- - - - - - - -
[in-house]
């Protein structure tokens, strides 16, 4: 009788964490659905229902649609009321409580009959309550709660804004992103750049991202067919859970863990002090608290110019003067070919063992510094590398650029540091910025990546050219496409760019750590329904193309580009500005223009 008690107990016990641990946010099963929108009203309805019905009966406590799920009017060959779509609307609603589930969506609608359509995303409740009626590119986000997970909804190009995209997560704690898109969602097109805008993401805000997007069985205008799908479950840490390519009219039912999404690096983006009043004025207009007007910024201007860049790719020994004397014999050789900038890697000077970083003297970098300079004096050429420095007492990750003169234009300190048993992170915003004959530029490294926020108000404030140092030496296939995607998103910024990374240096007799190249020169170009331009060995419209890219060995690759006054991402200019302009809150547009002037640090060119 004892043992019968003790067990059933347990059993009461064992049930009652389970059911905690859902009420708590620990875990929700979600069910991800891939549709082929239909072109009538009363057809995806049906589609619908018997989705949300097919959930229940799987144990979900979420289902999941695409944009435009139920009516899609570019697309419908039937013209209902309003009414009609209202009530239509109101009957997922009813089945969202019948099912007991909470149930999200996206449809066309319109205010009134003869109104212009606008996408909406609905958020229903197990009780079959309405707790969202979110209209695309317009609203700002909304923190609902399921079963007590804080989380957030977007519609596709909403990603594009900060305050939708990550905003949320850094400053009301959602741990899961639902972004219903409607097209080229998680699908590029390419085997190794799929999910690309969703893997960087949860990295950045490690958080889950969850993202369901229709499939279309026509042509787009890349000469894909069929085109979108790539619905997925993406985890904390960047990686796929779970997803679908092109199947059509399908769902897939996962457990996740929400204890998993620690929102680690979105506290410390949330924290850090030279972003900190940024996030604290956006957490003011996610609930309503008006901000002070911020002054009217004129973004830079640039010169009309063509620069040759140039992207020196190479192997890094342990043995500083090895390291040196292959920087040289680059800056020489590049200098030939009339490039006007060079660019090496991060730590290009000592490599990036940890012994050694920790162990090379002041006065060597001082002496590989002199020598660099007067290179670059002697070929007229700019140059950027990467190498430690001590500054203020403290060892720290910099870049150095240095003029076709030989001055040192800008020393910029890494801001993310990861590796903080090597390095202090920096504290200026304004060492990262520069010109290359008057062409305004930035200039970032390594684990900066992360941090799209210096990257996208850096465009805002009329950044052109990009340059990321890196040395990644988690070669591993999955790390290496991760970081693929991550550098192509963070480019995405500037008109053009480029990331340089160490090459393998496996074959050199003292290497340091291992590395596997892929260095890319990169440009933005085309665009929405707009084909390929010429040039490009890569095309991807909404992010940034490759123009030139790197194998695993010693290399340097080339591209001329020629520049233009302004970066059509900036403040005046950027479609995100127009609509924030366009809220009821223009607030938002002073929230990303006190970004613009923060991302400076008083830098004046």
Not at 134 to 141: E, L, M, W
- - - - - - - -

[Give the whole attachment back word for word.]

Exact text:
[in-house]
């Protein structure tokens, strides 16, 4: 009788964490659905229902649609009321409580009959309550709660804004992103750049991202067919859970863990002090608290110019003067070919063992510094590398650029540091910025990546050219496409760019750590329904193309580009500005223009 008690107990016990641990946010099963929108009203309805019905009966406590799920009017060959779509609307609603589930969506609608359509995303409740009626590119986000997970909804190009995209997560704690898109969602097109805008993401805000997007069985205008799908479950840490390519009219039912999404690096983006009043004025207009007007910024201007860049790719020994004397014999050789900038890697000077970083003297970098300079004096050429420095007492990750003169234009300190048993992170915003004959530029490294926020108000404030140092030496296939995607998103910024990374240096007799190249020169170009331009060995419209890219060995690759006054991402200019302009809150547009002037640090060119 004892043992019968003790067990059933347990059993009461064992049930009652389970059911905690859902009420708590620990875990929700979600069910991800891939549709082929239909072109009538009363057809995806049906589609619908018997989705949300097919959930229940799987144990979900979420289902999941695409944009435009139920009516899609570019697309419908039937013209209902309003009414009609209202009530239509109101009957997922009813089945969202019948099912007991909470149930999200996206449809066309319109205010009134003869109104212009606008996408909406609905958020229903197990009780079959309405707790969202979110209209695309317009609203700002909304923190609902399921079963007590804080989380957030977007519609596709909403990603594009900060305050939708990550905003949320850094400053009301959602741990899961639902972004219903409607097209080229998680699908590029390419085997190794799929999910690309969703893997960087949860990295950045490690958080889950969850993202369901229709499939279309026509042509787009890349000469894909069929085109979108790539619905997925993406985890904390960047990686796929779970997803679908092109199947059509399908769902897939996962457990996740929400204890998993620690929102680690979105506290410390949330924290850090030279972003900190940024996030604290956006957490003011996610609930309503008006901000002070911020002054009217004129973004830079640039010169009309063509620069040759140039992207020196190479192997890094342990043995500083090895390291040196292959920087040289680059800056020489590049200098030939009339490039006007060079660019090496991060730590290009000592490599990036940890012994050694920790162990090379002041006065060597001082002496590989002199020598660099007067290179670059002697070929007229700019140059950027990467190498430690001590500054203020403290060892720290910099870049150095240095003029076709030989001055040192800008020393910029890494801001993310990861590796903080090597390095202090920096504290200026304004060492990262520069010109290359008057062409305004930035200039970032390594684990900066992360941090799209210096990257996208850096465009805002009329950044052109990009340059990321890196040395990644988690070669591993999955790390290496991760970081693929991550550098192509963070480019995405500037008109053009480029990331340089160490090459393998496996074959050199003292290497340091291992590395596997892929260095890319990169440009933005085309665009929405707009084909390929010429040039490009890569095309991807909404992010940034490759123009030139790197194998695993010693290399340097080339591209001329020629520049233009302004970066059509900036403040005046950027479609995100127009609509924030366009809220009821223009607030938002002073929230990303006190970004613009923060991302400076008083830098004046």
Not at 134 to 141: E, L, M, W